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Interview

CD Mark Saks Talks Casting “The Good Wife”

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CD Mark Saks Talks Casting “The Good Wife”
Photo Source: CBS

The Good Wife” has been very good indeed to Mark Saks. The casting director has already won two Artios Awards and just earned his third consecutive Emmy nomination for his work on the CBS drama. Further proof of Saks’ talent is evidenced by the seven acting nominations the show picked up this year.

The busy Saks also casts another hit CBS show, “Person of Interest,” and the new series “Elementary” for the network, but was kind enough to find time to talk to Backstage about his process, pet peeves, and hidden gems.

What kind of actors do you look for on “The Good Wife”?
Mark Saks: I think all shows benefit from a healthy dose of the familiar—the veteran actors out there—and really new and surprising people. We offer three types of roles on the show: one-time only guest stars, in which they probably won’t come back; recurring roles, for people who will drop in occasionally; and roles with a finite arc to them. Things can change, though. Dylan Baker was meant to be a one-off, he went to prison, and he’s out now. Nobody ever thought he would be back but here he is, on his second Emmy nomination!

Was there anyone unknown you found this year that really stood out?
Saks: No one was unknown to me, but if you want to call it a surprise just because the role is so big and she was so green, I would cite Grace Rex, who played Michael J. Fox’s associate, Martha. I knew her from Ball State and by reputation, and I had met with her and I thought, “You’ve got to come in and read this.” She was just right and I showed it to the producers and even though she had very little on her resume, we all thought she was great. It was a delightful surprise.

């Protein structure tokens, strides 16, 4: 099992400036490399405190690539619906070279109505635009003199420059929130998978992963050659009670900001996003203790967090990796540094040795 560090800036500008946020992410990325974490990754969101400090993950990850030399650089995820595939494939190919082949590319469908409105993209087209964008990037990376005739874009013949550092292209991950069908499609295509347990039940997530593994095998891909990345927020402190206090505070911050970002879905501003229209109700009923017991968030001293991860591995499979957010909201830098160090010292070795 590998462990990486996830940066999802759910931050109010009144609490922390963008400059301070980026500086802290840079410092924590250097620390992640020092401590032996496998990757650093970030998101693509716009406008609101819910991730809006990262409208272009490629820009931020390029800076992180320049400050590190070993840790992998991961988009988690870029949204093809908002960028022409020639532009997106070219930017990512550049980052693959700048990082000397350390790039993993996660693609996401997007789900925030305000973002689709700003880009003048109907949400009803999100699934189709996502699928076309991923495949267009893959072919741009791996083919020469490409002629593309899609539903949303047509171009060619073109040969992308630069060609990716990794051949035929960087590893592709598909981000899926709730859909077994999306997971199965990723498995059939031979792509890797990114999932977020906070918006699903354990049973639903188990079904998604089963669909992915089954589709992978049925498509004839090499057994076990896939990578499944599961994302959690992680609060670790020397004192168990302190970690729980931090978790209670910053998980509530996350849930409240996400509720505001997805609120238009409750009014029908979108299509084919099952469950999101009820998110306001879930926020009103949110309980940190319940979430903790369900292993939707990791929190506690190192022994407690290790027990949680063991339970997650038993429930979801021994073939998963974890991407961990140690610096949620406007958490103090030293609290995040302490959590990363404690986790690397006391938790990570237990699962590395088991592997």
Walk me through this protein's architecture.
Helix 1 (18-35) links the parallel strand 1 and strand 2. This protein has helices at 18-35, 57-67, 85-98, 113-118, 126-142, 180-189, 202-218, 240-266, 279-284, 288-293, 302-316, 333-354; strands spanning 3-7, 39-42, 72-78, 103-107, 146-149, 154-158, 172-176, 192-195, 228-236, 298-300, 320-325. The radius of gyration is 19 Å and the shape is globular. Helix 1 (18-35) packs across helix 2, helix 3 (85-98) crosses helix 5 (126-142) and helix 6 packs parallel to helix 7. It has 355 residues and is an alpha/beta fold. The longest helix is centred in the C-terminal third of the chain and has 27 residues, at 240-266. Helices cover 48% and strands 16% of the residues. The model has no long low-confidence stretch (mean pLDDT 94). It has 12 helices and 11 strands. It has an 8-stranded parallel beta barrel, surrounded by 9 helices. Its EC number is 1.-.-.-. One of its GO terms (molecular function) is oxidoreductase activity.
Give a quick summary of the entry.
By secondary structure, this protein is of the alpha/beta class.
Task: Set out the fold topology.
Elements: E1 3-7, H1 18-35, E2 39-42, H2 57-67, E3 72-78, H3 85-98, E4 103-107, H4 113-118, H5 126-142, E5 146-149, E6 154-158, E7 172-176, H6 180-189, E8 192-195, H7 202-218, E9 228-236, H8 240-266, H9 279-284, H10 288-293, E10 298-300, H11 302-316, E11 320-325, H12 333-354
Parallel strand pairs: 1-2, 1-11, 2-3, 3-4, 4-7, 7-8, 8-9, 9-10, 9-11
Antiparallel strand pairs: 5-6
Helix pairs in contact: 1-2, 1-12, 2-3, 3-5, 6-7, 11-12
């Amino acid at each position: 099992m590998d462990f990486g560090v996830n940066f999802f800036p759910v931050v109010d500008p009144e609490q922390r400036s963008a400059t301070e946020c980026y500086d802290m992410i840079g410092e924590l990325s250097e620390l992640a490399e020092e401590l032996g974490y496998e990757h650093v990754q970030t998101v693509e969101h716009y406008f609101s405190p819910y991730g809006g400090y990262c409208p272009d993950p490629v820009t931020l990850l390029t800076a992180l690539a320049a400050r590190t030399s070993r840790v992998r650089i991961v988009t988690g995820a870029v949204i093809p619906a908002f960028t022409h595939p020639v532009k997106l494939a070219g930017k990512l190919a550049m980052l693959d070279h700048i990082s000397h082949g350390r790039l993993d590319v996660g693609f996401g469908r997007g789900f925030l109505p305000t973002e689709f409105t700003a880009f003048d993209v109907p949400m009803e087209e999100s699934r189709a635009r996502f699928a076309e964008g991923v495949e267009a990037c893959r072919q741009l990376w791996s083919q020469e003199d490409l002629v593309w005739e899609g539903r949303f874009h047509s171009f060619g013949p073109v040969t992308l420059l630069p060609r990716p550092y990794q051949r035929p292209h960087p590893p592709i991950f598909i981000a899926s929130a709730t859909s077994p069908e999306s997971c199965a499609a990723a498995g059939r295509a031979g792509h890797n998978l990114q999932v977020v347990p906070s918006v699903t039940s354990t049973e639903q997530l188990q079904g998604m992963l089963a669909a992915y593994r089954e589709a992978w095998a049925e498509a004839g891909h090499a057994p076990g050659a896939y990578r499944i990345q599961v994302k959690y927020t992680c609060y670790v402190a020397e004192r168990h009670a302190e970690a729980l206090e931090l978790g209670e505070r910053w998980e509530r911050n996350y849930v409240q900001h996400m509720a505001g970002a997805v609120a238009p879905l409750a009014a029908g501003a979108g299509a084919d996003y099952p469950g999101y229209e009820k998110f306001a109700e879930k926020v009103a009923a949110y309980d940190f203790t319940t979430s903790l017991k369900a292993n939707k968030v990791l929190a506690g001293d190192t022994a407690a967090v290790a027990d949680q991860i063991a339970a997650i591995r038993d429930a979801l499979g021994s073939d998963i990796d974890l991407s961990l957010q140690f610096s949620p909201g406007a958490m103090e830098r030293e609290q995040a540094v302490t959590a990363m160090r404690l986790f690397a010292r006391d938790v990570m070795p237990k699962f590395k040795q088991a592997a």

You mentioned Ball State. Do you go to college showcases to find talent? Where else do you find new actors?
Saks: We go to all the showcases. We cover everything—Juilliard, Yale, NYU, Carnegie Mellon, Rutgers, Purchase, ACT, ART, Irvine—you name it, we cover it. I see a lot of theater, probably three or four things a week. And I watch a lot of movies and pilots. I was up at Williamstown this summer, where I saw four shows and met with some non-Equity kids, people getting out of the conservatory programs. We’re always looking for new people.

Do you have any pet peeves in the audition room?
Saks: My pet peeve is always about preparation—people who are not prepared. People who want to be on television but don’t watch television. People who don’t bother getting a copy of the breakdown from their agent or a copy of the script if it’s available, or who prepare the sides inadequately. People who don’t own a camera, even if it’s just a phone, where they can film themselves and look at it. People who don’t know the premise of the show. I mean, it’s been on for three years. It’s different for new shows, but the box sets are available, it’s rerunning now during the summer, and you can always find it on any number of services out here. Actors can be complacent or lazy, which leads to being unprepared, which is a huge pet peeve of mine.

What are some other things you enjoy about casting the show?
Saks: I love the people who are working together, and the relationships. I like to hide “Easter eggs” in that way. For example, we put Nathan Lane and Christine Baranski together a lot. They’re old friends. Their friendship goes way back to “The Birdcage” and “Lips Together, Teeth Apart.” I hide things in the show just for fun that some people get.

I had Patrick Page do a scene with Alan Cumming. For those who follow these things, Patrick is the Green Goblin in Broadway’s “Spider-Man” and Alan was supposed to play that role originally. We put Maura Tierney in with Julianna Margulies. There’s a little “ER” reunion there. I like to pair people who know each other. It functions like a repertory company where everyone knows everybody. It can also help people to agree to do things, if they know who they’ll be working with.

What can we expect from season four?
Saks: All the scripts are great, but this year especially there hasn’t been anything even touching mediocre. They’re all phenomenal and the roles have been amazing. We have some great actors coming in: Amanda Peet, Kristin Chenoweth, Mark Warren.

Mark is playing Kalinda’s husband. He’s really unknown in this country, and I worked very hard to get him. There was such a buildup about Kalinda’s husband, and we’d talked about several American actors and I’d always been a big fan of Mark’s. He just wrote me a very nice note saying, “I’ve been doing this for 20 years in the UK and this has been a breath of fresh air.” He’s going to be very surprising for people.

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